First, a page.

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Century Spotlight: Ingrid Bergman

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Century Spotlight: Ingrid Bergman

Ingrid Bergman was one of the most beloved actresses in cinema history. Born Aug. 29, 1915, in Stockholm, Sweden, she charmed fans all over the world as she starred in dozens of films in Hollywood as well as in her home country and her temporary home of Italy. She survived a scandalous affair – more than survived it; she emerged triumphantly, still beloved by her many fans, after taking a judicious few years out of the spotlight. She is one of an elite group of actors who won three Academy awards – only Katharine Hepburn has one more, with four – and just the mention of her name is enough to make many a movie lover feel a little misty and nostalgic for the talent and beauty we lost when she died on her 67th birthday, Aug. 29, 1982.

What makes Bergman one of the greatest legends of Hollywood, all these years later? Here are a few of the things that make us love her:

1. Her natural ease in front of the camera.

Bergman dreamed from a young age of being an actress, even though her father wanted her to sing opera. She took voice lessons as he wished, but at home, she dressed up and staged plays. When she had the chance for her first theatrical audition at 17, the judges quickly rushed her off the stage – not because she was bad, but because she was so immediately, obviously good that they didn't need to see any more to know she was hired. That quickly evident naturalness continued to impress as she went to Hollywood. Her early producers thought she might be too tall and too Germanic to fit in with the other young starlets of the late 1930s and early 1940s, but once they watched her act, all their concerns fell away.

Her Hollywood debut, Intermezzo: A Love Story:

2. Her fresh-faced beauty.

When Bergman came to Hollywood, the standard for young actresses was plenty of heavy makeup, often along with dyed or bleached hair. Bergman, in contrast, was stunning without makeup, and she was able to take that look to the big screen, appearing naturally lovely rather than painted and fake. American audiences were impressed with the breath of fresh air she brought to Hollywood with her lack of makeup and unfussy beauty. She remained simply beautiful all her life, barely showing her age even into her 60s.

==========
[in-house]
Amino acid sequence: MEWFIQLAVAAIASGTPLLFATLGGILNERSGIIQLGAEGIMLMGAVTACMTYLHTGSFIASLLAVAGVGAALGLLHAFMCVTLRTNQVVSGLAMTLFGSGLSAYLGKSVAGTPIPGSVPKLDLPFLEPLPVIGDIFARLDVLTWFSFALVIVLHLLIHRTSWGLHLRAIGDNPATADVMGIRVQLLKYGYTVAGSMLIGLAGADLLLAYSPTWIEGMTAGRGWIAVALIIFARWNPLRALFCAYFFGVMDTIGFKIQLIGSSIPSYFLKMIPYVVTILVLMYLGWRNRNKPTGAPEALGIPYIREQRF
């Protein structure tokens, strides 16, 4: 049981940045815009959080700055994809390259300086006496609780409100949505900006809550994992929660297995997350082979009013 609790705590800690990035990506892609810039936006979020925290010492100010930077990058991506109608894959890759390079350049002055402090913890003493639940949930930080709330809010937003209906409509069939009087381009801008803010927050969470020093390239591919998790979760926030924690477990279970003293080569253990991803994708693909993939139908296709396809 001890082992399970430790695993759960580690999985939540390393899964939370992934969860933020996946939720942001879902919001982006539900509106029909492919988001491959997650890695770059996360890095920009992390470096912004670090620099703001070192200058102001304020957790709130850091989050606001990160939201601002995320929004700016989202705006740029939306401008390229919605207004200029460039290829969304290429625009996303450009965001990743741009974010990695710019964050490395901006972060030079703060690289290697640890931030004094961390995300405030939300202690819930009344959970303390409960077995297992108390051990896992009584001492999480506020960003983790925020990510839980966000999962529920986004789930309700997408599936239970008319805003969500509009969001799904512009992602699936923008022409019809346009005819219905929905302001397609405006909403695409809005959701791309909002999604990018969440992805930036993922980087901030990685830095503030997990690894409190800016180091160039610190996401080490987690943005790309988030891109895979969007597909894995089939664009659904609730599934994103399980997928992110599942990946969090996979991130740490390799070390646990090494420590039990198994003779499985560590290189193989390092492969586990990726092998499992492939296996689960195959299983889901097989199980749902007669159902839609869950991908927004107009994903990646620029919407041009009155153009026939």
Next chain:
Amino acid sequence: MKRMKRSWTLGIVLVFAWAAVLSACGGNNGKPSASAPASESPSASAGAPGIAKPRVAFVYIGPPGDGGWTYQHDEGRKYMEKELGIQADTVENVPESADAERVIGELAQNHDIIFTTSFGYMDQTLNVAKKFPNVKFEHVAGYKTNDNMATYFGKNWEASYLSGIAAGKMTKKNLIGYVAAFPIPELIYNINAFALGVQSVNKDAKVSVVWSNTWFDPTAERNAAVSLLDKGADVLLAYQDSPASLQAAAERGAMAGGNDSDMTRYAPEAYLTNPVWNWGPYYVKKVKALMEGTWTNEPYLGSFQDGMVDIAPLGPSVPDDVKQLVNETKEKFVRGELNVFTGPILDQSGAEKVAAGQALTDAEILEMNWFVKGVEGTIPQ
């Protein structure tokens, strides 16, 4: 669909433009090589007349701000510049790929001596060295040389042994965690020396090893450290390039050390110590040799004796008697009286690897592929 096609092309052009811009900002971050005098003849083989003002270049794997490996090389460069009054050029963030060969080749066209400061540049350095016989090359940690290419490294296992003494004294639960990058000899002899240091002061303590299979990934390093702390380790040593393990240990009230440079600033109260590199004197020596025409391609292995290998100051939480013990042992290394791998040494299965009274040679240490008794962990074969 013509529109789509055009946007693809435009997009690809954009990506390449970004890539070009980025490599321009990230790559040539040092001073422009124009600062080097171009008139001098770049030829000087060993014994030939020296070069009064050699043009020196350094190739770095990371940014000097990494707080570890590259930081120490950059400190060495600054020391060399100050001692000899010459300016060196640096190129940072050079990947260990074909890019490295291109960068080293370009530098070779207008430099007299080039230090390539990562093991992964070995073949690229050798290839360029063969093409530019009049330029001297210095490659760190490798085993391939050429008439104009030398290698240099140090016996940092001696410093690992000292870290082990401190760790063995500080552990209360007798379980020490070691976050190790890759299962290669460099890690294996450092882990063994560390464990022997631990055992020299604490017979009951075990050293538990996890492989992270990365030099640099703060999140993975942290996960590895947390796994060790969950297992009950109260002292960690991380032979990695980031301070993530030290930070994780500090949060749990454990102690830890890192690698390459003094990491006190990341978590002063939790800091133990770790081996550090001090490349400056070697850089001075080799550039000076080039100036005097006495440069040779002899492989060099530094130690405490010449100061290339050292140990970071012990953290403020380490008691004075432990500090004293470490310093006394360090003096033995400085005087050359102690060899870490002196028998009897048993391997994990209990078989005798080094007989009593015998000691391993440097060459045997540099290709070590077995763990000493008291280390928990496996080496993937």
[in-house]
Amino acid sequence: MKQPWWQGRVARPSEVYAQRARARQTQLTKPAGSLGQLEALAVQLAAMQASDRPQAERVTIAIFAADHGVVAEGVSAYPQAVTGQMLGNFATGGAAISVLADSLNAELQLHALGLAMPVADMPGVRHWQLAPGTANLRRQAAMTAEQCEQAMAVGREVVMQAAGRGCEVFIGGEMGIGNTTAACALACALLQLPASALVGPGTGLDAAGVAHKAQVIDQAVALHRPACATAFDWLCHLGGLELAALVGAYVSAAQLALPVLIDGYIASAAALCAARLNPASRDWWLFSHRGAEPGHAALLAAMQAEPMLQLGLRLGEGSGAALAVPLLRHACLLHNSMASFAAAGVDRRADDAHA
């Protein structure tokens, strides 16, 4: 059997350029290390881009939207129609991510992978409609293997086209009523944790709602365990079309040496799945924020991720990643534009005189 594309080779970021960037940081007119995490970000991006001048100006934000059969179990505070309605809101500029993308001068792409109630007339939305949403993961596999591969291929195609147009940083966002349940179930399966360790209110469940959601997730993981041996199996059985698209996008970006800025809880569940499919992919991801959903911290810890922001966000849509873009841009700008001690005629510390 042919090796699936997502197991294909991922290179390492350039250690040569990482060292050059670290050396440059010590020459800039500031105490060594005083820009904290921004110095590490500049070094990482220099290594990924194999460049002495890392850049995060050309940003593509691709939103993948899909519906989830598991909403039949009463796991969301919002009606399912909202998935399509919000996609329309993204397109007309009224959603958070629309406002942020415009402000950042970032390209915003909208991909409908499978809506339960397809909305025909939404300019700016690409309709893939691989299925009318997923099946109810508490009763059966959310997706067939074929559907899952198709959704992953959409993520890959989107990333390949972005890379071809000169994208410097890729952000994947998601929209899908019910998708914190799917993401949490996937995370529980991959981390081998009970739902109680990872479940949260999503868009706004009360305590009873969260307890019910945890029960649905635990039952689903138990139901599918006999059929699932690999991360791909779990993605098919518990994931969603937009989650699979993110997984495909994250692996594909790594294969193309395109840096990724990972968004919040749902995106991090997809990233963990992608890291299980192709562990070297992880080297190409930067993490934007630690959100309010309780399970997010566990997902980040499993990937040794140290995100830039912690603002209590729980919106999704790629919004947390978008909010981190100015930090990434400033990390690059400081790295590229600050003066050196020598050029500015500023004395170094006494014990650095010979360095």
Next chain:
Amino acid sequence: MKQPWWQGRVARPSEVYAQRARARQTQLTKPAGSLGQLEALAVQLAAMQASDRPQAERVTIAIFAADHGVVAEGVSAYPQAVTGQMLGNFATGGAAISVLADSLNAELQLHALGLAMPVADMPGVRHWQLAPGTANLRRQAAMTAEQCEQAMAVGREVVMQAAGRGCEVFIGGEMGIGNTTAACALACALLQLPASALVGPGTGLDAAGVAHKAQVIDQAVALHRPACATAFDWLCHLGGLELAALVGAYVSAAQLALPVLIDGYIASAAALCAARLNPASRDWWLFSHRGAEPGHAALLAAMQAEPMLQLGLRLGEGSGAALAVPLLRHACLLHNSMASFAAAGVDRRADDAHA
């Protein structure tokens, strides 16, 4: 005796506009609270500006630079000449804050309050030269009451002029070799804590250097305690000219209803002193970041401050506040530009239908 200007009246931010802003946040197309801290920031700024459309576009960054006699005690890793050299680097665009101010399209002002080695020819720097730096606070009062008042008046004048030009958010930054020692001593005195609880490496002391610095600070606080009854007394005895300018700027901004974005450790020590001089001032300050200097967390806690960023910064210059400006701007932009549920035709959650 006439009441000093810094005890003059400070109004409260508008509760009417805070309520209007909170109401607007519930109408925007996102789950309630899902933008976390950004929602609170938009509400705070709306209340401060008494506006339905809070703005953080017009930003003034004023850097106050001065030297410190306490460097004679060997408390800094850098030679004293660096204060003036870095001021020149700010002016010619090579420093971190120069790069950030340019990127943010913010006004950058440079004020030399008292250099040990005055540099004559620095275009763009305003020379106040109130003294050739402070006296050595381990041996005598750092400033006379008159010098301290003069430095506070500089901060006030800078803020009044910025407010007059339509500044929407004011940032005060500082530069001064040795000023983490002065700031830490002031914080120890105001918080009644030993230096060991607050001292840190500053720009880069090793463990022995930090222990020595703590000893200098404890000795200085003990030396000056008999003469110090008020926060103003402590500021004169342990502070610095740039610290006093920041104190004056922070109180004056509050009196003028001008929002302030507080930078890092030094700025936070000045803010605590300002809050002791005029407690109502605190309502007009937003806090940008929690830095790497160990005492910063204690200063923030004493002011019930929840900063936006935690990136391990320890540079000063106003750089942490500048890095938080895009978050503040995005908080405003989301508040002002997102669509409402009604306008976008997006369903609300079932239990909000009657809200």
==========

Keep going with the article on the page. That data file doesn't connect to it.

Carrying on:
Ernest Hemingway hand-picked Bergman to star in the adaptation of his For Whom the Bell Tolls, and when he met her soon afterward, he said, "You are Maria!"

3. Her total commitment to each role.

Even as her star rose, Bergman was no diva, expecting special treatment as a reward for her talent and beauty. Instead, those with whom she worked reported that she was humbly delighted by her chance to act in her movies, and she was all business when it came to filming. She was open to new challenges as an actress, as when Sidney Lumet suggested he film her long monologue in Murder on the Orient Express in a single take and she readily agreed. By all accounts, she was nothing short of gracious and professional at almost all times.

In this interview, Bergman discusses her craft:

4. Casablanca.

Of course, one of the biggest reasons we love Ingrid Bergman is her movies, and perhaps none of her films is as enduringly beloved as Casablanca. One of her earliest U.S. films, it was only a moderate box-office hit upon its wartime release, but its legend grew over the years until it came to top many lists of all-time best films, cementing Bergman's star power along the way. The consensus is that while Orson Welles' Citizen Kane may be history's best-made film, Casablanca is the best-loved. Humphrey Bogart, Bergman and all of its stars contributed to that status, and it's made us remember them – perhaps Bogie and Bergman most of all – with special fondness.

                Play it, Sam:

Want to learn more about Ingrid Bergman? Click here to view clips from her Oscar-nominated and Oscar-winning movies.